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HER Number:MDV112331
Name:Possible Catch Meadow at Woodmanton

Summary

A possible catch meadow of probable 19th century date is visible as a series of earthwork ditches on aerial photographs of 1946 onwards, at Woodmanton.

Location

Grid Reference:SY 013 861
Map Sheet:SY08NW
Admin AreaDevon
Civil ParishWoodbury
DistrictEast Devon
Ecclesiastical ParishWOODBURY

Protected Status: none recorded

Other References/Statuses: none recorded

Monument Type(s) and Dates

  • CATCH MEADOW (Post Medieval to Modern - 1540 AD to 2013 AD (Between))

Full description

Royal Air Force, 1946, RAF/CPE/UK/1823, RAF/CPE/UK/1823 RP 3004-05 04-NOV-1946 (Aerial Photograph). SDV354994.

The catch meadow is visible as a series of earthwork ditches.


Royal Air Force, 1965, RAF/58/7106, RAF/58/7106 006-07 12-NOV-1965 (Aerial Photograph). SDV356245.

The linear drain associated with the gutters is visible as an earthwork ditch.


Hegarty, C. + Knight, S. + Sims, R., 2014-2015, East and Mid Devon River Catchments National Mapping Programme Project (Interpretation). SDV356883.

A possible catch meadow of probable 19th century date is visible as a series of earthwork ditches on aerial photographs of 1946 onwards, at Woodmanton. Most catch meadow systems are believed to date to the post medieval period, although it is likely that they were first developed in the medieval period. Catch meadows provided a simple, inexpensive and effective form of irrigation. When irrigation was required water was diverted from a source such as a pond, river, spring or spring-fed stream and passed along the meadow slopes via one or more of the gutters, which was then caused to overflow. The lower, roughly parallel gutters then ‘caught’ and redistributed water passing it evenly over the surface of a meadow below. The gently flowing water prevented the ground freezing in winter and encouraged early growth in spring, thereby providing extra feed for livestock, particularly important during the hungry gap of March and April. The partial catch meadow covers an area of approximately 0.26 hectares of northwest facing slope and comprises a series of parallel gutters which measure less than 2m in width. The system appears to have been fed by a northwest to southeast aligned linear drain which may have directly tapped a water source located at Woodmanton Farm. This water meadow might have also operated as what has been called an ‘integrated’ catch meadow, in which manure from the cow sheds within the farmyard was mixed with the water supply to supply liquid manure to the pasture. The catch meadow remains partly visible on aerial photographs of 1965, although appears to have been levelled sometime after this date.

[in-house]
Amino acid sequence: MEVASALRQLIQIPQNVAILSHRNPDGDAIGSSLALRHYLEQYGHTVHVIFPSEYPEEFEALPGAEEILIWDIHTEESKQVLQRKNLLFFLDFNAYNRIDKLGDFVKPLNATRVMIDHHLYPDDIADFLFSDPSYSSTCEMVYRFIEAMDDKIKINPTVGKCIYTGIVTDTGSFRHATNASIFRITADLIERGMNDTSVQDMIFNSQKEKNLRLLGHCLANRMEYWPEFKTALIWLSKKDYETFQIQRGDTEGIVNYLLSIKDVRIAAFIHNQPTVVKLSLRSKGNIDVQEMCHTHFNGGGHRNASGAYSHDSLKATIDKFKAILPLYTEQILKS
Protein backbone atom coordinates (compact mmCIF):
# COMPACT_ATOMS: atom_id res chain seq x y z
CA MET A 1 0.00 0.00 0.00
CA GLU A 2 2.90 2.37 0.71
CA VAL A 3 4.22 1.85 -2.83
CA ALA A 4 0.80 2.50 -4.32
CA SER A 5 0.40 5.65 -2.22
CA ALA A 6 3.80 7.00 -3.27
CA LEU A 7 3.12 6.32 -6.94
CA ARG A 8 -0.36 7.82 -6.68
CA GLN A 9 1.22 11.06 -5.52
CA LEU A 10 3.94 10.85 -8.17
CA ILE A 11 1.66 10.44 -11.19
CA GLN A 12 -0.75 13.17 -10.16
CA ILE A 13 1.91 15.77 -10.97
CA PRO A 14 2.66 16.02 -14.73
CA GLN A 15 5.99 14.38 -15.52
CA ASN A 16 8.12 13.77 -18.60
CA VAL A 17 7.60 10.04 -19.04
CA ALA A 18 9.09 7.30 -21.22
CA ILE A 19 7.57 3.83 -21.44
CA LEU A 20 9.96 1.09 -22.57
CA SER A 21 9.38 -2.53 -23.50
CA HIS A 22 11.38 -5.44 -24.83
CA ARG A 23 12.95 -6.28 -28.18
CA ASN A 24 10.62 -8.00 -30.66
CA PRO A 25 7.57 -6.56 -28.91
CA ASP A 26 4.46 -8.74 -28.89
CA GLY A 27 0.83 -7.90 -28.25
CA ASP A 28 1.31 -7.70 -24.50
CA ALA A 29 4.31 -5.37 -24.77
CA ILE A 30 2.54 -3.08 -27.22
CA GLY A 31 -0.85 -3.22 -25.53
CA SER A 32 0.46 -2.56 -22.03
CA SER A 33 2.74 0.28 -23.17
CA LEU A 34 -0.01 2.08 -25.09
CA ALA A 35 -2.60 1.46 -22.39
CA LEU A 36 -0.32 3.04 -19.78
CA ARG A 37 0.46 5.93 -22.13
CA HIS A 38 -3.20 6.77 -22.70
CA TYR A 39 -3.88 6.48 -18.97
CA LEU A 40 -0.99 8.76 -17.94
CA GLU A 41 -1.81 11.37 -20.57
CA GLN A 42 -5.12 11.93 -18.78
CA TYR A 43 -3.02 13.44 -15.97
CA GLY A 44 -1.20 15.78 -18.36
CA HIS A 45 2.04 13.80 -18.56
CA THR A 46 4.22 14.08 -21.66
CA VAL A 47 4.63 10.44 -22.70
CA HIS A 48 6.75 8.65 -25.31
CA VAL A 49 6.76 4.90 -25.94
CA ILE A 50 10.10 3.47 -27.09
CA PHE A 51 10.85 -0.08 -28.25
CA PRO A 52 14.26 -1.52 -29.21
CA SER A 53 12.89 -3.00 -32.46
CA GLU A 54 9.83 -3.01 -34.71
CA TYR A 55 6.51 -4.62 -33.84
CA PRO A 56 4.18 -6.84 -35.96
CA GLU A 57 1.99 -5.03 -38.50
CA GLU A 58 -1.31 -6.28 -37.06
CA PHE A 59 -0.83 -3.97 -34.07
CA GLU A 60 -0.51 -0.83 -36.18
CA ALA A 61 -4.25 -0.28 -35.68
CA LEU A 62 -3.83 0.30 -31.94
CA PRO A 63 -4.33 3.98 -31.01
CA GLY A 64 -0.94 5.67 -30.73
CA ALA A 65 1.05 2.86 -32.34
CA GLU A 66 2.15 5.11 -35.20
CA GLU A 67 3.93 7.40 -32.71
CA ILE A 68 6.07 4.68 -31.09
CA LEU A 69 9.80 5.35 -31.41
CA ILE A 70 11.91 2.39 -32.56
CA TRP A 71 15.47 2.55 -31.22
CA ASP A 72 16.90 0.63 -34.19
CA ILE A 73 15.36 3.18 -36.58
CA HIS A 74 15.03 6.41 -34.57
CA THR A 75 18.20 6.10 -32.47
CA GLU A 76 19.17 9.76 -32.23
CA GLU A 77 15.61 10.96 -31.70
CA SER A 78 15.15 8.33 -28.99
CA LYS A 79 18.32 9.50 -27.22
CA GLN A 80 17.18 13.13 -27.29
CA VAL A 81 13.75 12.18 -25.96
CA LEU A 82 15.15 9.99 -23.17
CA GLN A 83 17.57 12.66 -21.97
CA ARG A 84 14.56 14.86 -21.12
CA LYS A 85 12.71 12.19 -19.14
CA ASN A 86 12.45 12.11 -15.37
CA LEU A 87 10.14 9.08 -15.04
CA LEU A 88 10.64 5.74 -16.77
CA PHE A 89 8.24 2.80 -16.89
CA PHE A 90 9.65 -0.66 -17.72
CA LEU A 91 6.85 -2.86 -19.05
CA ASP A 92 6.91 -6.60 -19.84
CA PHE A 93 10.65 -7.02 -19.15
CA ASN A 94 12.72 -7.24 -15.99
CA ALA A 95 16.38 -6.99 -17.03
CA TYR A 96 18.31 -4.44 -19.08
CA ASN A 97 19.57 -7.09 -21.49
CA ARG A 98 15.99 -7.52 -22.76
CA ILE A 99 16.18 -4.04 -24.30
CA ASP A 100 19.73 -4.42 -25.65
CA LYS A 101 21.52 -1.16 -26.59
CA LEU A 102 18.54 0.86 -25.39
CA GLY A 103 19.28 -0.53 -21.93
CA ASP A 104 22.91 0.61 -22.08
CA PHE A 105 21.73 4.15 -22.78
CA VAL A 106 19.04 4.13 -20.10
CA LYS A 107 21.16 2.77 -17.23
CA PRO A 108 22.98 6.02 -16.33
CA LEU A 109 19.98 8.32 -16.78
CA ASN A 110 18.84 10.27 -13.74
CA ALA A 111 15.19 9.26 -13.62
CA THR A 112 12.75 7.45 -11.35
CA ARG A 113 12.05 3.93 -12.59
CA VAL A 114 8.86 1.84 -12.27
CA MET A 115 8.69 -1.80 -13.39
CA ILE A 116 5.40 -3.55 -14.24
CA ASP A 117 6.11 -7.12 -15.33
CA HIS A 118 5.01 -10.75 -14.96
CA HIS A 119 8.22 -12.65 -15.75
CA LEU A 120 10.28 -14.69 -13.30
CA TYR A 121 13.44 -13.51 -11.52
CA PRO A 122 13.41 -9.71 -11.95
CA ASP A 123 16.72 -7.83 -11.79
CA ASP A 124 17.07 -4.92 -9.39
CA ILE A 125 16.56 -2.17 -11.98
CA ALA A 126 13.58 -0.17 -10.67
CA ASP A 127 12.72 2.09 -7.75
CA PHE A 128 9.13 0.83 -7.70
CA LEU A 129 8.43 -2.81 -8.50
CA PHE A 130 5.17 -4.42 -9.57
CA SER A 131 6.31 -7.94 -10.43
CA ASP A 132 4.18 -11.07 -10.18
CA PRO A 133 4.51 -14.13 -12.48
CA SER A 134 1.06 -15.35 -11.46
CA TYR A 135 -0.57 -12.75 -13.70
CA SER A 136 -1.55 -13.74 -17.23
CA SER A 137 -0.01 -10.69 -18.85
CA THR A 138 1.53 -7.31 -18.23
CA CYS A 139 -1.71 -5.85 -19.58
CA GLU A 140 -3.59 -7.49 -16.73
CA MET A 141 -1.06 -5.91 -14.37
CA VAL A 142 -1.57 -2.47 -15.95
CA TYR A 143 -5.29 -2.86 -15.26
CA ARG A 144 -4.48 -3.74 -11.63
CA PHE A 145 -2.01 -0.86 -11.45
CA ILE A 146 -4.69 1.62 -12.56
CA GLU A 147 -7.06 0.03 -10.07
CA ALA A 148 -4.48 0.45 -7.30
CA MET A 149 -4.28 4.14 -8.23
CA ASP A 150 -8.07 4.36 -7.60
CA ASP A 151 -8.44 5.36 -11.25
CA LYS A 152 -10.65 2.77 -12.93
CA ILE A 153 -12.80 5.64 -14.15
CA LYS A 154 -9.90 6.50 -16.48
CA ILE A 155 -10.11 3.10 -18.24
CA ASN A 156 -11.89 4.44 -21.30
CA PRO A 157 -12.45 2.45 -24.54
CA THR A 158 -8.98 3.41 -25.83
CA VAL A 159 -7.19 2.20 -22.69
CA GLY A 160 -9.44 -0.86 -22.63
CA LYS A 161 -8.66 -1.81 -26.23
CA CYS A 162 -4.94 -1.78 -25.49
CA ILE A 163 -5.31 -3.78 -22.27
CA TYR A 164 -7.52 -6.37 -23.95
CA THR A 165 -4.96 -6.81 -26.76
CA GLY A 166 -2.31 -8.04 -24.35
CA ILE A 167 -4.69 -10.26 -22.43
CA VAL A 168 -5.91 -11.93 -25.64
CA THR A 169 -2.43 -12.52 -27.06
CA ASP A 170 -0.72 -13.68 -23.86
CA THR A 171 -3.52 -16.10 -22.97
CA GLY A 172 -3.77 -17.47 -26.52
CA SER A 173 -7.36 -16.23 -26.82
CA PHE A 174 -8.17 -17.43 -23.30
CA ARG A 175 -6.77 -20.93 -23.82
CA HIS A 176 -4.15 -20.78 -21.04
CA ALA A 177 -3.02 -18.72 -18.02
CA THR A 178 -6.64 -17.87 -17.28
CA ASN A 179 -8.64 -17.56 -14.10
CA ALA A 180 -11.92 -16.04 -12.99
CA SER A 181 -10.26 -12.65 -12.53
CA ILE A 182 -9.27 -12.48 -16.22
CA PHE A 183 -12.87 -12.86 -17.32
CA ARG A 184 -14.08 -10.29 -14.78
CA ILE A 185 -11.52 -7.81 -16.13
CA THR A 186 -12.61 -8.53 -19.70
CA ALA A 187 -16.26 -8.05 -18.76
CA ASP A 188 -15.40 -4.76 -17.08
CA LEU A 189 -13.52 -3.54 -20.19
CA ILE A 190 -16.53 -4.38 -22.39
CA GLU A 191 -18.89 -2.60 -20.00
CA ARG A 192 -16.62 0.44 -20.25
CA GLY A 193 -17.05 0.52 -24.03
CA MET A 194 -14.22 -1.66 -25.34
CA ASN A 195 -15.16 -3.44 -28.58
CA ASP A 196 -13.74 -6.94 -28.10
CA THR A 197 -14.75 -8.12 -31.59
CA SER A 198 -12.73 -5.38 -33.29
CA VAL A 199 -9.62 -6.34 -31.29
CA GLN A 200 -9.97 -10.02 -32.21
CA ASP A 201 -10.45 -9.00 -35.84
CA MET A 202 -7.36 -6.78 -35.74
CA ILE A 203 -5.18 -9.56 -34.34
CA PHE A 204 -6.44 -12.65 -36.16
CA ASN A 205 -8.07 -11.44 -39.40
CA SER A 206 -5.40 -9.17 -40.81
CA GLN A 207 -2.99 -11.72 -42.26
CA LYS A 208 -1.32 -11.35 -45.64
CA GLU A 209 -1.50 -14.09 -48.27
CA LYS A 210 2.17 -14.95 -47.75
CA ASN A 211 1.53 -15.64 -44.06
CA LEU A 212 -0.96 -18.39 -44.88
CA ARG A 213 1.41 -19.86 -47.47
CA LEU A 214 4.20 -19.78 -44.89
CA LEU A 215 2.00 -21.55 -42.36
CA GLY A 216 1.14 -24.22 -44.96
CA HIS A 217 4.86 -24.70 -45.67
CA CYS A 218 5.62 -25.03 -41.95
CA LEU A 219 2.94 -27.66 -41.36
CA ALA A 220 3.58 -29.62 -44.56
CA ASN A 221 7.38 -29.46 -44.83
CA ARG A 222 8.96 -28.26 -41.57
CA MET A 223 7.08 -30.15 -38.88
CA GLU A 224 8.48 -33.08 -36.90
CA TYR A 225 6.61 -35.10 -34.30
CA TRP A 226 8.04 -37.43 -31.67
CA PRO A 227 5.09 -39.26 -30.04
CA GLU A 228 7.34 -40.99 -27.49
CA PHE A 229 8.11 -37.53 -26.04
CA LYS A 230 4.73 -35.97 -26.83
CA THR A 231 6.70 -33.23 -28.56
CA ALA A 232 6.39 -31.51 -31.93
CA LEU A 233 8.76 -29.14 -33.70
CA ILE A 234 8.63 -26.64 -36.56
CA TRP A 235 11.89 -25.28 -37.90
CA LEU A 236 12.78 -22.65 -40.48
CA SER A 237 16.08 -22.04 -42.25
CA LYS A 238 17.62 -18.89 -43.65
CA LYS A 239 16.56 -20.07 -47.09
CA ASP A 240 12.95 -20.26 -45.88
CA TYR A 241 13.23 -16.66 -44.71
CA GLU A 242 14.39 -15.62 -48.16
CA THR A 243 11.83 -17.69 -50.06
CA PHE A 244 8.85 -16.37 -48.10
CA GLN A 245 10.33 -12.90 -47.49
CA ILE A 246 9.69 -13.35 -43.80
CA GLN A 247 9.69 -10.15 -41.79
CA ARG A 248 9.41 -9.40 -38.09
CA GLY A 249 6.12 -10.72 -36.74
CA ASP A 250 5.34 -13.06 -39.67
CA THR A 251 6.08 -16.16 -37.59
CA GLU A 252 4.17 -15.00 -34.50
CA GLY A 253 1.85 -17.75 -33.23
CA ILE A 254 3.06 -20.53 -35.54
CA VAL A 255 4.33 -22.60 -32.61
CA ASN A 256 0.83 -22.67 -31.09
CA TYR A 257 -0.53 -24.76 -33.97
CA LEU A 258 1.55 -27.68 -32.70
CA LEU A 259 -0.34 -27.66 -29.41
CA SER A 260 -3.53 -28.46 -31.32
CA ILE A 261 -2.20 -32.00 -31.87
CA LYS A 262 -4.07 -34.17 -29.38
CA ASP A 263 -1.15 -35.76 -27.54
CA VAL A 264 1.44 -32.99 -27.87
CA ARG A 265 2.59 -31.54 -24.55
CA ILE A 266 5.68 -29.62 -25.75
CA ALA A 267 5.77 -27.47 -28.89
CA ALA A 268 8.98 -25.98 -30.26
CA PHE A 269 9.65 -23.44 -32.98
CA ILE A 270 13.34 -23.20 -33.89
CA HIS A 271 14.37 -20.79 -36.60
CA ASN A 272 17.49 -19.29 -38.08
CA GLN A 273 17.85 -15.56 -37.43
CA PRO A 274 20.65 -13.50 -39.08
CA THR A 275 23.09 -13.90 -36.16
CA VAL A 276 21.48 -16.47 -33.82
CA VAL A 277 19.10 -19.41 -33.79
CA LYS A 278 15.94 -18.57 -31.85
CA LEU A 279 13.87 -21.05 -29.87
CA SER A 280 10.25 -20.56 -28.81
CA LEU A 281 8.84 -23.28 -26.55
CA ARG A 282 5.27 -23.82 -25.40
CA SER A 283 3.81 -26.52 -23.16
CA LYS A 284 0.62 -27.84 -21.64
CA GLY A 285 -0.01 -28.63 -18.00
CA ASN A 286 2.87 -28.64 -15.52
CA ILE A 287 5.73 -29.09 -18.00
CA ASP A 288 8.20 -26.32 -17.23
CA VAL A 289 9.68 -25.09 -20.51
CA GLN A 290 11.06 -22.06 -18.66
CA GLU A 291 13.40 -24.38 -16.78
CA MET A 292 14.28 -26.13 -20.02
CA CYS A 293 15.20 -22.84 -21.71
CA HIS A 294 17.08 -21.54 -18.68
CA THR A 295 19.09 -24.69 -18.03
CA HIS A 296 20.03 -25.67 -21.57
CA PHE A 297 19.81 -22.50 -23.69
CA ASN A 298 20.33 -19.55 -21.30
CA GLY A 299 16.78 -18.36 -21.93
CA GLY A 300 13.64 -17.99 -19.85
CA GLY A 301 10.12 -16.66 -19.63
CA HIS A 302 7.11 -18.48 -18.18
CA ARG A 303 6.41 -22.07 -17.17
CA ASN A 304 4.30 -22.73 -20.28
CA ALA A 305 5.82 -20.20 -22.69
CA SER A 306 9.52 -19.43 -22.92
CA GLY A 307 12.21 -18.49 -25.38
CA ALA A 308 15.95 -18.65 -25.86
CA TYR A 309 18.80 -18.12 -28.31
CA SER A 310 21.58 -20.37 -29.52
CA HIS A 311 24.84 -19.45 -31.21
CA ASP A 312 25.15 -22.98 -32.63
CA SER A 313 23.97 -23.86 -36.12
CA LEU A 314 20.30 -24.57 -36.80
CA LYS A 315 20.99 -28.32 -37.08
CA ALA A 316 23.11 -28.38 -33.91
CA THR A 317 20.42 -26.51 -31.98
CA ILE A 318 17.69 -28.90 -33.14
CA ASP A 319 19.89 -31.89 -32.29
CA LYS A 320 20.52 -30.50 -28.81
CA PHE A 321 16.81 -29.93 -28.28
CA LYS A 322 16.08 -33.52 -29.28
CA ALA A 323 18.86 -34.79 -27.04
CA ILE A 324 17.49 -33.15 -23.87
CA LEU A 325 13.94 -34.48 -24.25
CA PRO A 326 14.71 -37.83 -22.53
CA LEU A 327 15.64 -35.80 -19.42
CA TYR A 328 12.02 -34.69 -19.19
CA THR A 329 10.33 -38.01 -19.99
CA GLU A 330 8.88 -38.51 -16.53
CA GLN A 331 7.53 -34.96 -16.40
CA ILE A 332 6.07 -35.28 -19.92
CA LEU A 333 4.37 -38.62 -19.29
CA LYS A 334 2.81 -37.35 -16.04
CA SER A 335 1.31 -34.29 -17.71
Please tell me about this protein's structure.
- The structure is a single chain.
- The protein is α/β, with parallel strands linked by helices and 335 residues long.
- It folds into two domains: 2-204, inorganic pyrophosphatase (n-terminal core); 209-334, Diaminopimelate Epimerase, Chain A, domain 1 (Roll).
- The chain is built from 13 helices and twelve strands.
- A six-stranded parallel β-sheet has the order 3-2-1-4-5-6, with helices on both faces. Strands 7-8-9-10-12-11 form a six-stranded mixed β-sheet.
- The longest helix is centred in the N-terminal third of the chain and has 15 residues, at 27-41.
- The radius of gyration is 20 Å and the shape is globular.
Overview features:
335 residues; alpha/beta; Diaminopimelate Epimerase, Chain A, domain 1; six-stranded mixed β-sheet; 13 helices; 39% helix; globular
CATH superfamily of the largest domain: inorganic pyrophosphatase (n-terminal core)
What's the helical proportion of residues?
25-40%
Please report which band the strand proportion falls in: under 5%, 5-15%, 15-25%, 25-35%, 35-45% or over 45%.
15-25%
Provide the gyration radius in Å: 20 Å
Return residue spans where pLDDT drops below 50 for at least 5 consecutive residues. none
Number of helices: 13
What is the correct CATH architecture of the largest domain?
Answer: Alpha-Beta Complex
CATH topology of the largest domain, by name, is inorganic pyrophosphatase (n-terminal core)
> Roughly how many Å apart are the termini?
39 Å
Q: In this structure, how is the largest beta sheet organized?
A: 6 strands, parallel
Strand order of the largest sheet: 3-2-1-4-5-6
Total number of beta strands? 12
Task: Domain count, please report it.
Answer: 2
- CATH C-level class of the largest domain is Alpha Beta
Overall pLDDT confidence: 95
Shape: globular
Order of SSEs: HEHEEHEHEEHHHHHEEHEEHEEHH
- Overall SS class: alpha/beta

Sources / Further Reading

SDV354994Aerial Photograph: Royal Air Force. 1946. RAF/CPE/UK/1823. Royal Air Force Aerial Photograph. Photograph (Paper). RAF/CPE/UK/1823 RP 3004-05 04-NOV-1946. [Mapped feature: #71729 ]
SDV356245Aerial Photograph: Royal Air Force. 1965. RAF/58/7106. Royal Air Force Aerial Photograph. Photograph (Paper). RAF/58/7106 006-07 12-NOV-1965.
SDV356883Interpretation: Hegarty, C. + Knight, S. + Sims, R.. 2014-2015. East and Mid Devon River Catchments National Mapping Programme Project. AC Archaeology Report. Digital.

Associated Monuments: none recorded

Associated Finds: none recorded

Associated Events

  • EDV6530 - The East and Mid-Devon Rivers Catchment NMP project (Ref: ACD613)

Date Last Edited:May 27 2015 4:02PM